If possible, fly direct, even if it means continuing your journey

While a direct flight isn’t always feasible when traveling between smaller cities, it may be the best way to keep disruptions to a minimum. You are only dependent on the path of one plane and there is no risk of missing connections due to delays or losing checked luggage somewhere along the way. Direct flights can certainly be late or canceled, but the overall experience is likely to involve less time and frustration than having to catch two or more planes.

If you live within a few hours of a major hub, it may even be worth driving to the larger airport to catch a direct flight, naturally balancing the total time and cost with the potential for delays.

Choose your connections carefully

If you can’t get a direct flight, don’t default to the fastest or cheapest route. Consider flying a more southerly route, where snow and ice are less likely.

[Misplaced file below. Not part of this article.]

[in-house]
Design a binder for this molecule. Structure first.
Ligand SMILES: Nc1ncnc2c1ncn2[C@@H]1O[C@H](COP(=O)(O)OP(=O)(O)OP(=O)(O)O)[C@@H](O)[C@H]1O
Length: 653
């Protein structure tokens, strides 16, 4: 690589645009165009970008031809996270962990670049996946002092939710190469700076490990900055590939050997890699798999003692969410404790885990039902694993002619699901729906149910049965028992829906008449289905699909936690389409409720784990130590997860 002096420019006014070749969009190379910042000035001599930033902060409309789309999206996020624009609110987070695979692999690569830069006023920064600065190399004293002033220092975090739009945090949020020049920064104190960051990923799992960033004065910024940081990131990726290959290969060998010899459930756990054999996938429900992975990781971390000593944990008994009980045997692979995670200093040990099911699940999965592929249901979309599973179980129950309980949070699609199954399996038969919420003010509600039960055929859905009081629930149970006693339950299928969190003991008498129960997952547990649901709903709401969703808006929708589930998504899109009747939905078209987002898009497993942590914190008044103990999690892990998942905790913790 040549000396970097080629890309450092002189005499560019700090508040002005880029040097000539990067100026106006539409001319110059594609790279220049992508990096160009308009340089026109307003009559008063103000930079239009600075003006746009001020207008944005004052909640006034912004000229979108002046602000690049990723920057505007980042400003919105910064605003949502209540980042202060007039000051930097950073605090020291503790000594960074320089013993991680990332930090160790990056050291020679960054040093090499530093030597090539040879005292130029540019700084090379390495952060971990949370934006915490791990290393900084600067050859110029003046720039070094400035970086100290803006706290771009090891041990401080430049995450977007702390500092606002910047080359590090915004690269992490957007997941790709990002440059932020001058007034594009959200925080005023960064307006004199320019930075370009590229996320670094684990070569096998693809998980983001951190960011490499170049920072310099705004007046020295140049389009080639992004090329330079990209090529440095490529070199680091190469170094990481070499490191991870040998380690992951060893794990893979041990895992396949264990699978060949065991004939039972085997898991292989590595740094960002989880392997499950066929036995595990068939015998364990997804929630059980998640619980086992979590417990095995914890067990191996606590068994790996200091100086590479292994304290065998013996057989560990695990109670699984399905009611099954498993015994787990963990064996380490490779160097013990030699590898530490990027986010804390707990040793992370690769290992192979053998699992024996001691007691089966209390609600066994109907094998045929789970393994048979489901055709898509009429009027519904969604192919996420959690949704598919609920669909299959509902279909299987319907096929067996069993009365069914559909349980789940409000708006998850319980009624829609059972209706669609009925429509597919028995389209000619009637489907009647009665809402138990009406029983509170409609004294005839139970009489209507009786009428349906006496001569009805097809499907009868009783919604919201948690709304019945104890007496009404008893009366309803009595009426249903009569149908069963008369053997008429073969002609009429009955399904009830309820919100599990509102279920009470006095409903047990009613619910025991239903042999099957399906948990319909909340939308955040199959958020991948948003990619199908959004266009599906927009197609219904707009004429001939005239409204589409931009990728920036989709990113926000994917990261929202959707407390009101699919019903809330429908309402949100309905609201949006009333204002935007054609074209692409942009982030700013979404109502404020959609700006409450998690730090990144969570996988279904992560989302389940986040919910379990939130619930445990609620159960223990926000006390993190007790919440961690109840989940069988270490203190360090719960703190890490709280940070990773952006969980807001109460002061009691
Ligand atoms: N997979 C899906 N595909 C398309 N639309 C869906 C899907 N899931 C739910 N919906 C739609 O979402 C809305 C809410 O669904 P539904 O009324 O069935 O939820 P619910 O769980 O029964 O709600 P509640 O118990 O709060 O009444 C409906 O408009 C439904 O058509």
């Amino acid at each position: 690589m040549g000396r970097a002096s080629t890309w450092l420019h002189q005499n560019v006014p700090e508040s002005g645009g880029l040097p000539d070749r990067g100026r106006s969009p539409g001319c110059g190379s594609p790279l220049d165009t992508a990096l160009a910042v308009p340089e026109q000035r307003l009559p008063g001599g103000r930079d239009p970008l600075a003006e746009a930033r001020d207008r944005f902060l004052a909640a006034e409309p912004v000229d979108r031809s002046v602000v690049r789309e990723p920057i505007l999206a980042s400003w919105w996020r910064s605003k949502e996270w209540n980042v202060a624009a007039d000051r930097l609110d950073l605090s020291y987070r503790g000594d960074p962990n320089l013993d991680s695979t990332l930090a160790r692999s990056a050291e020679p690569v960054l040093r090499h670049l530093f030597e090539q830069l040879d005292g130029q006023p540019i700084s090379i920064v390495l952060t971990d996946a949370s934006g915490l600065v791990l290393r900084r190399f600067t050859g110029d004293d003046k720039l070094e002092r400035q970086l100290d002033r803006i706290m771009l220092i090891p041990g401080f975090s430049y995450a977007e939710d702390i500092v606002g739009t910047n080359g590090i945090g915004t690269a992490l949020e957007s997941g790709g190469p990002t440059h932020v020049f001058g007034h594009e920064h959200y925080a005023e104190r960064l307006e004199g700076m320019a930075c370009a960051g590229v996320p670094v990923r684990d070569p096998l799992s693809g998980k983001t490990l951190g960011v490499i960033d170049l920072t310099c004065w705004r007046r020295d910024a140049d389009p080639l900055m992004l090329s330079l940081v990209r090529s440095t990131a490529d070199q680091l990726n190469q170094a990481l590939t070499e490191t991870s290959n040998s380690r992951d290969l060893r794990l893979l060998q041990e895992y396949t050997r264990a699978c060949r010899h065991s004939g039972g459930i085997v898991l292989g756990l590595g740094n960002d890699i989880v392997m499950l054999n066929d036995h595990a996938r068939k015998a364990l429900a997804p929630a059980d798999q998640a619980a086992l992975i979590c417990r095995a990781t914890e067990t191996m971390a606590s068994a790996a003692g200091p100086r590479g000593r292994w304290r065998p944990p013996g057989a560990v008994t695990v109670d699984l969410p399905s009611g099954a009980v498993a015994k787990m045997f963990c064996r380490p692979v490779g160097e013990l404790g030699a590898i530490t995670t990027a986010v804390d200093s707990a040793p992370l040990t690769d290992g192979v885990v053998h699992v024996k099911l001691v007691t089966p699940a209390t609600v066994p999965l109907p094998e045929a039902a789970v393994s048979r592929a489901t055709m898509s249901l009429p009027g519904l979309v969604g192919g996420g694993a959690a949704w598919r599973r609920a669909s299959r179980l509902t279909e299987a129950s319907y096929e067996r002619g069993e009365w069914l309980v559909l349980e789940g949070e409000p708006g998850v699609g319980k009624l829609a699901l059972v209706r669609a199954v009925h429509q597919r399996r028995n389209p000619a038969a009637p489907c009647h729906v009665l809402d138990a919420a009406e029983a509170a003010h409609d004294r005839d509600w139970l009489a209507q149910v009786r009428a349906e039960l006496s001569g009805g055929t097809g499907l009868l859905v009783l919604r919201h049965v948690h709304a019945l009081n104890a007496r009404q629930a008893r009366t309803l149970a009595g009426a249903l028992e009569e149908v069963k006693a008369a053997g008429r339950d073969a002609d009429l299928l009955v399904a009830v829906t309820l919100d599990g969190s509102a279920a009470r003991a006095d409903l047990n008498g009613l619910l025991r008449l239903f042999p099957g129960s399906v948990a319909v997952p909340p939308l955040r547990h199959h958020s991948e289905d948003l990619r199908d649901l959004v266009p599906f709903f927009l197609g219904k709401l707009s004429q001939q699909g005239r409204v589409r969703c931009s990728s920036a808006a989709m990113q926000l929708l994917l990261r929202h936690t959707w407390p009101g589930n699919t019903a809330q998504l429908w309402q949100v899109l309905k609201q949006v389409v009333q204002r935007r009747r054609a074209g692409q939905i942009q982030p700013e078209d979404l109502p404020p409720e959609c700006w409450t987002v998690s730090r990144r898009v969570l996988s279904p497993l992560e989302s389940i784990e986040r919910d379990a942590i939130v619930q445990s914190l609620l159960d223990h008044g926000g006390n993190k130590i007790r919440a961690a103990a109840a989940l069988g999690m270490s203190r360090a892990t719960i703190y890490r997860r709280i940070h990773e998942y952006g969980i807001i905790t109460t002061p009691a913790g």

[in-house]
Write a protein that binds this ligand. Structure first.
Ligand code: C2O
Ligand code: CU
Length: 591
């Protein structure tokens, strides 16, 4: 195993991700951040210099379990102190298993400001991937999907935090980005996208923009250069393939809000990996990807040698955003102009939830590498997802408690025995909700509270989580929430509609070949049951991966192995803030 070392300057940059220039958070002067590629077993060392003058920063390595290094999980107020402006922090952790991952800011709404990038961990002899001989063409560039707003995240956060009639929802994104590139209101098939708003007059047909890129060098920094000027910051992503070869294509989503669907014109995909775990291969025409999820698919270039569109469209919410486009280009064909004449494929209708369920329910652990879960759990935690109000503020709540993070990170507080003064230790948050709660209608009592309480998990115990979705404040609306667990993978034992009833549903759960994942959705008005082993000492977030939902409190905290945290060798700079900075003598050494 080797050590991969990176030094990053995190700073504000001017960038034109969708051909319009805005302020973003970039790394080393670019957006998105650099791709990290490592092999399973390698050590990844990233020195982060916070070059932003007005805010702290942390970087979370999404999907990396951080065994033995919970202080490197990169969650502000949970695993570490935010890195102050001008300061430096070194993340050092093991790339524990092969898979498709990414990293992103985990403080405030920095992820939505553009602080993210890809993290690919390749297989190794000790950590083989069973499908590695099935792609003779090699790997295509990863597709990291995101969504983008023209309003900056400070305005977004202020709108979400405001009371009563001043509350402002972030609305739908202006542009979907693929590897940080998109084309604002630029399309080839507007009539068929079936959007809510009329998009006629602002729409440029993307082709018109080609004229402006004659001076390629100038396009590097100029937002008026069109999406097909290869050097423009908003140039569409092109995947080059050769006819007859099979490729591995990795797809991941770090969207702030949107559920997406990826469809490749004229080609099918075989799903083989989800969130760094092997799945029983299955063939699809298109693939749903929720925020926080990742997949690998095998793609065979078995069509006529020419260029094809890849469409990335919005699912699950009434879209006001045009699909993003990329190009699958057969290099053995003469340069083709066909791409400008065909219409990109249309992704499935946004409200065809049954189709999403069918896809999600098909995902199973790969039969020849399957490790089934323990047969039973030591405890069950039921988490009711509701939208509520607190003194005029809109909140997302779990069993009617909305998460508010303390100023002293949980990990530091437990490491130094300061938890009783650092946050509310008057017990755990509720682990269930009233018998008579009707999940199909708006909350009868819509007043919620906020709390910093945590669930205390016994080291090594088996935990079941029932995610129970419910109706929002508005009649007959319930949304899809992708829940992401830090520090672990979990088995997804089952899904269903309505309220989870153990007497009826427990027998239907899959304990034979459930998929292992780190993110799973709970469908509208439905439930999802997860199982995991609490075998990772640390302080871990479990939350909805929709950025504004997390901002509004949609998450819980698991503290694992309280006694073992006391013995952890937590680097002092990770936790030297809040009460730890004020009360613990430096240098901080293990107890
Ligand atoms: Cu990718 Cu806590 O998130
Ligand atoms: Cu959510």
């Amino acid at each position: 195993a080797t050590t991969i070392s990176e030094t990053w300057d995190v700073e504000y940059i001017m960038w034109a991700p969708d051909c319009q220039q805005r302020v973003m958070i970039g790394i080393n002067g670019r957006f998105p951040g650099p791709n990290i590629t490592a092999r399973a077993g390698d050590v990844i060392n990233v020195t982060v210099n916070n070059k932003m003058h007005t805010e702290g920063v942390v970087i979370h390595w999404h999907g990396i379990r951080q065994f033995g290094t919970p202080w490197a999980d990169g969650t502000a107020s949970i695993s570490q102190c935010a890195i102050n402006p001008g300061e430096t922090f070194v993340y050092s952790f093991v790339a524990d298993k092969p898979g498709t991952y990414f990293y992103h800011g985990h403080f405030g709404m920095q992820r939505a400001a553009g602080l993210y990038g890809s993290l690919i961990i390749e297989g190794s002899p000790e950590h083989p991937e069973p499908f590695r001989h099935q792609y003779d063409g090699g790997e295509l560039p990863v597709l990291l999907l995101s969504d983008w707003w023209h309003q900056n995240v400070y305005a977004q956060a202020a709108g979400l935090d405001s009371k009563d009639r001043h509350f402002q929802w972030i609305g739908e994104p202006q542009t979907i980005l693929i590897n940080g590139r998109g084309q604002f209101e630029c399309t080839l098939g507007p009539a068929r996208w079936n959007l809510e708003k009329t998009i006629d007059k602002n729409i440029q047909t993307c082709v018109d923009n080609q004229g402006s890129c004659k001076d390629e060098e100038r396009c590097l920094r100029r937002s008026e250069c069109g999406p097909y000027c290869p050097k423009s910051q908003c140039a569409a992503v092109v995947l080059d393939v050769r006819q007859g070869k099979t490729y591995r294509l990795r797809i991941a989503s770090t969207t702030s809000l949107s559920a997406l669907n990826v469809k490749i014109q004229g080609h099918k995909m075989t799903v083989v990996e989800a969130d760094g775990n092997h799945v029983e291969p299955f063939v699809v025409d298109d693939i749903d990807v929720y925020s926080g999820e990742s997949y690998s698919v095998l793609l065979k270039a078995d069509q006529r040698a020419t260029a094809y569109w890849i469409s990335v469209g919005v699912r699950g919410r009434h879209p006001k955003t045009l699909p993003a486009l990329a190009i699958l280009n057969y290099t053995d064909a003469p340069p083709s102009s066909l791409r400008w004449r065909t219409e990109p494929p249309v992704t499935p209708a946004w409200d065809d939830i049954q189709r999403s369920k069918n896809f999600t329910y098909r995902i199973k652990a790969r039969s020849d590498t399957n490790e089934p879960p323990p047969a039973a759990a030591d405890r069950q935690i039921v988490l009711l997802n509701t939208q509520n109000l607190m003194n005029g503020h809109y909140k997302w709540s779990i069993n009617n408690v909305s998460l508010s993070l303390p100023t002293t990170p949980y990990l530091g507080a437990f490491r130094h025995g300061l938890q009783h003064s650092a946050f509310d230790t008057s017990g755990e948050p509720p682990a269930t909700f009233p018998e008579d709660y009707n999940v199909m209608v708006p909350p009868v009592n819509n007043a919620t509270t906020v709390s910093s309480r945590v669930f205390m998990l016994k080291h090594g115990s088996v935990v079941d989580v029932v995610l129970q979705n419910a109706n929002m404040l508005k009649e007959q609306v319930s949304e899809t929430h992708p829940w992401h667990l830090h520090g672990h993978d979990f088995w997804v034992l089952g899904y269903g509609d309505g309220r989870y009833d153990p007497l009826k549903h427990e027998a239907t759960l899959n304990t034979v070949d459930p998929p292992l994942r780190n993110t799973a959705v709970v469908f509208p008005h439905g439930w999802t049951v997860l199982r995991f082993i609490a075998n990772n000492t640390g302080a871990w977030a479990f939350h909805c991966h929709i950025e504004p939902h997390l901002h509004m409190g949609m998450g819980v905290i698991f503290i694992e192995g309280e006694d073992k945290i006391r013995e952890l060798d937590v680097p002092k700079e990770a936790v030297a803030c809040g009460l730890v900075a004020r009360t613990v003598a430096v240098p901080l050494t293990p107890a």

This is of course not an exact science. While northern airports are more likely to be hit by winter storms, they are also better prepared to deal with the impact and keep things moving. Even a little snow can paralyze an airport that rarely sees winter weather.

In addition, the airports your flight visits before boarding also matters. Even if you’re flying through sunny Texas, your plane could come out of snowy Minnesota. Unfortunately, you can’t control that, and it takes a lot of research to find a flight path in advance.

You may consider transiting or ending up at smaller airports (or secondary airports in major cities) with lower passenger and flight numbers. It can also pay off to have a slightly longer transfer time in case your first flight is delayed or has to defrost.

Consider alternative routes if the weather is bad

Know the weather before you go and what alternative routes there are. If you expect to be affected by cancellations, you may be able to get ahead of it by rescheduling with your airline (rather than waiting for every other stranded passenger to try the same thing). Of course, know that the weather is unpredictable, airline staff are very busy during these times and there are only a limited number of flights with so many seats on the way to your destination. Preparedness and patience are the keywords.